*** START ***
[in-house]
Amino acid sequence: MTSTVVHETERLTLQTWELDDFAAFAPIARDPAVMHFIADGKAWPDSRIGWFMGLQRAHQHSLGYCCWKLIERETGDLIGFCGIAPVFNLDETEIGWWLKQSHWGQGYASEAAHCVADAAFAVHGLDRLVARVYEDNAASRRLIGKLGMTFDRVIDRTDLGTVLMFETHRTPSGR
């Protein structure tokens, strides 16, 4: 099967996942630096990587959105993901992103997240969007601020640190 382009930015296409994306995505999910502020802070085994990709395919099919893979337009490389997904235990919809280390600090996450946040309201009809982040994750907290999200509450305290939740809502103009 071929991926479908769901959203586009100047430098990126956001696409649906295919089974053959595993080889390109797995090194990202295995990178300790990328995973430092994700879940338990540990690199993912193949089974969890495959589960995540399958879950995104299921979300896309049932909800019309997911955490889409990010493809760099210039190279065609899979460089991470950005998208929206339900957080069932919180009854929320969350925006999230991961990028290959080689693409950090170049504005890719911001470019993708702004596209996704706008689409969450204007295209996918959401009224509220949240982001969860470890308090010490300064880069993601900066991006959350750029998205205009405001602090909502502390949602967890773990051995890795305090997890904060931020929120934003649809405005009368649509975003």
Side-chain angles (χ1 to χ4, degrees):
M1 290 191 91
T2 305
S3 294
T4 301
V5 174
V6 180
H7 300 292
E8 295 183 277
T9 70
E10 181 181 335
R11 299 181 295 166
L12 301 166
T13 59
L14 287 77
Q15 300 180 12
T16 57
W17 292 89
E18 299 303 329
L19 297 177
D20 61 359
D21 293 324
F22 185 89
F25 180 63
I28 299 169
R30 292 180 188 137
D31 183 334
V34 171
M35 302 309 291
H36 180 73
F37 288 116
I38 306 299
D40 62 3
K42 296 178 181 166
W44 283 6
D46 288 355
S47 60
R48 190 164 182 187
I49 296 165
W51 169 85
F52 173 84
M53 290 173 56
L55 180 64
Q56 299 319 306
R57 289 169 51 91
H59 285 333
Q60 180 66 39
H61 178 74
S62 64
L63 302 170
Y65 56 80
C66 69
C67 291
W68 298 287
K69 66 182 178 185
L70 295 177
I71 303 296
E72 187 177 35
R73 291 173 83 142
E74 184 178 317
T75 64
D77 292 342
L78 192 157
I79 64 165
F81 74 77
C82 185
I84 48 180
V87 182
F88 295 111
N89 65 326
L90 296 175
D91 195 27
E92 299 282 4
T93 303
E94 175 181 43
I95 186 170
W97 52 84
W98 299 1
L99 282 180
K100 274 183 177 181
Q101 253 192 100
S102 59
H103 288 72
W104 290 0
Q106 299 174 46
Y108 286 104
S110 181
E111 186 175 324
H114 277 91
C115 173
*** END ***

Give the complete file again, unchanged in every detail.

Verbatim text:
[in-house]
Amino acid sequence: MTSTVVHETERLTLQTWELDDFAAFAPIARDPAVMHFIADGKAWPDSRIGWFMGLQRAHQHSLGYCCWKLIERETGDLIGFCGIAPVFNLDETEIGWWLKQSHWGQGYASEAAHCVADAAFAVHGLDRLVARVYEDNAASRRLIGKLGMTFDRVIDRTDLGTVLMFETHRTPSGR
């Protein structure tokens, strides 16, 4: 099967996942630096990587959105993901992103997240969007601020640190 382009930015296409994306995505999910502020802070085994990709395919099919893979337009490389997904235990919809280390600090996450946040309201009809982040994750907290999200509450305290939740809502103009 071929991926479908769901959203586009100047430098990126956001696409649906295919089974053959595993080889390109797995090194990202295995990178300790990328995973430092994700879940338990540990690199993912193949089974969890495959589960995540399958879950995104299921979300896309049932909800019309997911955490889409990010493809760099210039190279065609899979460089991470950005998208929206339900957080069932919180009854929320969350925006999230991961990028290959080689693409950090170049504005890719911001470019993708702004596209996704706008689409969450204007295209996918959401009224509220949240982001969860470890308090010490300064880069993601900066991006959350750029998205205009405001602090909502502390949602967890773990051995890795305090997890904060931020929120934003649809405005009368649509975003």
Side-chain angles (χ1 to χ4, degrees):
M1 290 191 91
T2 305
S3 294
T4 301
V5 174
V6 180
H7 300 292
E8 295 183 277
T9 70
E10 181 181 335
R11 299 181 295 166
L12 301 166
T13 59
L14 287 77
Q15 300 180 12
T16 57
W17 292 89
E18 299 303 329
L19 297 177
D20 61 359
D21 293 324
F22 185 89
F25 180 63
I28 299 169
R30 292 180 188 137
D31 183 334
V34 171
M35 302 309 291
H36 180 73
F37 288 116
I38 306 299
D40 62 3
K42 296 178 181 166
W44 283 6
D46 288 355
S47 60
R48 190 164 182 187
I49 296 165
W51 169 85
F52 173 84
M53 290 173 56
L55 180 64
Q56 299 319 306
R57 289 169 51 91
H59 285 333
Q60 180 66 39
H61 178 74
S62 64
L63 302 170
Y65 56 80
C66 69
C67 291
W68 298 287
K69 66 182 178 185
L70 295 177
I71 303 296
E72 187 177 35
R73 291 173 83 142
E74 184 178 317
T75 64
D77 292 342
L78 192 157
I79 64 165
F81 74 77
C82 185
I84 48 180
V87 182
F88 295 111
N89 65 326
L90 296 175
D91 195 27
E92 299 282 4
T93 303
E94 175 181 43
I95 186 170
W97 52 84
W98 299 1
L99 282 180
K100 274 183 177 181
Q101 253 192 100
S102 59
H103 288 72
W104 290 0
Q106 299 174 46
Y108 286 104
S110 181
E111 186 175 324
H114 277 91
C115 173